Lift a beer with your burger this glorious Fourth of July to toast our independence — and the global interdependence of the golden brew.
Although the board of Anheuser-Busch rebuffed the offer by the giant Belgian brewer InBev last week, the beer business is already multinational. And it is consolidating and diversifying endlessly.
Taste the rosy sweet Michelob Ultra Pomegranate Raspberry and you might think Belgians already ran Anheuser-Busch.
Or not: Belgium's best fruitlambics are sweet but seem more polished. Then there's Anheuser's Shock-Top, which calls itself a Belgian white. And it also imports several InBev brands, Belgian and otherwise.
Beer is big — planetary big. The thirst runs from Manchuria to Rio, not just Britain, Germany and all-American baseball games. Big-world brewers can come from small beer-loving countries, including Belgium, Australia and South Africa.
South Africa? Yes, SAB Miller, the world's second-largest brewer, is based in London but started in South Africa, and now owns both Miller and Molson Coors.
That means a world of tastes, good, bad, provincial, homogeneous, authentic and artificial.
Yet the beer behemoths know and aim to serve that diversity. InBev calls only Beck's and Stella Artois its global brands; its dozens of "local champions" lead in Ukraine, Brazil and beyond.
In the United States, Pabst has a special affection for locally beloved beers. It now has 20 or more regional beers from Texas' Lone Star to the Mid-Atlantic's National Bohemian.
More often, big U.S. brewers have expanded their own brands in light, dry, draft and ice versions in various price ranges.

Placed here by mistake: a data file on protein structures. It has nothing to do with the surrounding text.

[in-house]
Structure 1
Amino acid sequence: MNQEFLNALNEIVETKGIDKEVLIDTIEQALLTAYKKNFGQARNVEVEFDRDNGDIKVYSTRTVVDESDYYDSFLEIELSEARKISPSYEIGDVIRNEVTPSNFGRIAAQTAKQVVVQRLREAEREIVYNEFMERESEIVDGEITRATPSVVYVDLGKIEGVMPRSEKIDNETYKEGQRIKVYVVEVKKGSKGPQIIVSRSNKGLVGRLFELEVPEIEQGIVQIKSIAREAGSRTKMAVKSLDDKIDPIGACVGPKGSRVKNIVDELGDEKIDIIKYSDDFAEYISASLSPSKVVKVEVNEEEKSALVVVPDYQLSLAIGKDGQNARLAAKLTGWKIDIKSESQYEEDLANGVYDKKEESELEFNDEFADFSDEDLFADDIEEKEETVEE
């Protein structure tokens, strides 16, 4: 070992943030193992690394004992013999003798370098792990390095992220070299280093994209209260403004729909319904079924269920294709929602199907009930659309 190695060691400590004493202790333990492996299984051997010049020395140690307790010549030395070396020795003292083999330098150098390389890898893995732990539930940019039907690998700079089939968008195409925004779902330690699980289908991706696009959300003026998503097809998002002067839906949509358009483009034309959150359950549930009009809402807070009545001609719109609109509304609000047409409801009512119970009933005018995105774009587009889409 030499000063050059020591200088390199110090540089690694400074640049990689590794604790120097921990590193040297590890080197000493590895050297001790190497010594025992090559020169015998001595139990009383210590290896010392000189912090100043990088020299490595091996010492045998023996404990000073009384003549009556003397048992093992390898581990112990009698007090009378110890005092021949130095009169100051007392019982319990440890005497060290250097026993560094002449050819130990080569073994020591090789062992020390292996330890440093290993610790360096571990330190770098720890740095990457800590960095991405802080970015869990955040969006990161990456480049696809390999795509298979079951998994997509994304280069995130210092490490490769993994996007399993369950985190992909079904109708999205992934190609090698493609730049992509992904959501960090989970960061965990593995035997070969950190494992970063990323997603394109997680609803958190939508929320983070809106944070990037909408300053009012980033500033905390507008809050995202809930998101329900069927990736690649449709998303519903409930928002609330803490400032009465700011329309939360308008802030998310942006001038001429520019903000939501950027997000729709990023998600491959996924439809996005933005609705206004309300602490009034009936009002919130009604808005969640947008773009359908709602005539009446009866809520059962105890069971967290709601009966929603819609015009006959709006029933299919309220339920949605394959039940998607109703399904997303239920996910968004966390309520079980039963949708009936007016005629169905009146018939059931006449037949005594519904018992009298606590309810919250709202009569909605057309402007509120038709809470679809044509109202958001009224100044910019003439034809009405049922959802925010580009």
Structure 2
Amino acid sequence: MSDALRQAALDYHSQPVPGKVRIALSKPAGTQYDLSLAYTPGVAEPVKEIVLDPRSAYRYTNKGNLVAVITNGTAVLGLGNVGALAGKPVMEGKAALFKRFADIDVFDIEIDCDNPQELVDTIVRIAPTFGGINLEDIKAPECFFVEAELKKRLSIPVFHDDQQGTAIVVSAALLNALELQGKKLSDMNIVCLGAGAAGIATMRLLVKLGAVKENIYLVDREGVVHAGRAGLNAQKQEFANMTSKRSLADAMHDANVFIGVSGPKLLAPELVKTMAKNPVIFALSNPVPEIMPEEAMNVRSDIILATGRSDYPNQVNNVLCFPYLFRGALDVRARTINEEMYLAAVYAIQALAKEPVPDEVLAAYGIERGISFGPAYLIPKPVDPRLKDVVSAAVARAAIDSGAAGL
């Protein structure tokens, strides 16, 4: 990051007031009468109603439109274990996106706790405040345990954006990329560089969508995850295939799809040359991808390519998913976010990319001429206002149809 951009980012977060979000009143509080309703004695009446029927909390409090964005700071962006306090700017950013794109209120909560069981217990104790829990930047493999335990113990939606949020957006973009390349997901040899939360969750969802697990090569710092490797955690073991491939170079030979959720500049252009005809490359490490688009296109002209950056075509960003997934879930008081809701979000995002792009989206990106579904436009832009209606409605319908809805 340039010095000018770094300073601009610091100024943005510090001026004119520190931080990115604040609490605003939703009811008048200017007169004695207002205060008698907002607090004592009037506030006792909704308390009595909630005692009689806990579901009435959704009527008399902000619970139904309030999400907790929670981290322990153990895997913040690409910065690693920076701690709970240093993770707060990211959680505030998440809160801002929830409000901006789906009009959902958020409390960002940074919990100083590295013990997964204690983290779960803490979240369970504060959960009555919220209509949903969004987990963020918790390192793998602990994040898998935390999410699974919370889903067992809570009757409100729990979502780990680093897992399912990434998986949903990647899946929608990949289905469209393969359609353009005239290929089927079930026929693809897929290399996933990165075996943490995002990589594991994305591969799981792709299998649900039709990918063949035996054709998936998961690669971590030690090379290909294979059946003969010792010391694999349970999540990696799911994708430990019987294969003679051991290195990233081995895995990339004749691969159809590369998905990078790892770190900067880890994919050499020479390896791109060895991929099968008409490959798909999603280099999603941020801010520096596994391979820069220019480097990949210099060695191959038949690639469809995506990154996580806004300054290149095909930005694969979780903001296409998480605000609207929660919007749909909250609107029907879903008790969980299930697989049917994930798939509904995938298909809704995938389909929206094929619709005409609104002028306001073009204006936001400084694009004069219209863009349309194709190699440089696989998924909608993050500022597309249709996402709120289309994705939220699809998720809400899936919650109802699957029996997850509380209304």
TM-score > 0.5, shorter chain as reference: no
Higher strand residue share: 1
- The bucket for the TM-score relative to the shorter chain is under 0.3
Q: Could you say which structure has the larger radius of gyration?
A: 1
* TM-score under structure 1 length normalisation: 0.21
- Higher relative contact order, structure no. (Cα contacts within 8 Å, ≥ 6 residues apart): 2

In the last 30 years, as Americans developed a taste for imported beers, trucks of local Bud, Coors and Miller distributors brought them to your neighborhood bar.
Yet the rebirth of microbrews, artisan breweries, craft beers and home brewers (themselves inspired by the grand diversity of imported beers) truly forced the giant brewers into creativity. Not always wisely: Several states have forced Bud to reformulate high-energy Bud Extra and Tilt, spiked with raspberry, caffeine, ginseng and guarana, more like a berry, beery Red Bull.
Now the big boys also make porters, bock, wheat beers, high-gravity brews and summer ales. They brag about quality and quantity of hops and seek craft beer contest medals for their corporate microbrews.
The smaller craft brewers, who also have dozens of products, get some of the credit/blame for the Baskin-Robbins flavors of coffee, pumpkin and blueberry.
Usually small brewers worry more about grain, hops and malt than fruit flavors. Big brewers recognize that those distinctive tastes are appealing and try to draw them into their stable. Pabst formed an alliance last year to distribute the fine craft brews of Southampton, while Anheuser-Busch distributes Kona, Redhook and Widmer.
So fret not that Budweiser will lose its all-American identity — or that true, homegrown innovators will lose out. There's a world of difference to sample and much of its kick comes from Yankee ingenuity and crafty brewing.
All the more reason to hoist a mug to independents.
Chris Sherman can be reached at firstname.lastname@example.org or (727) 893-8585.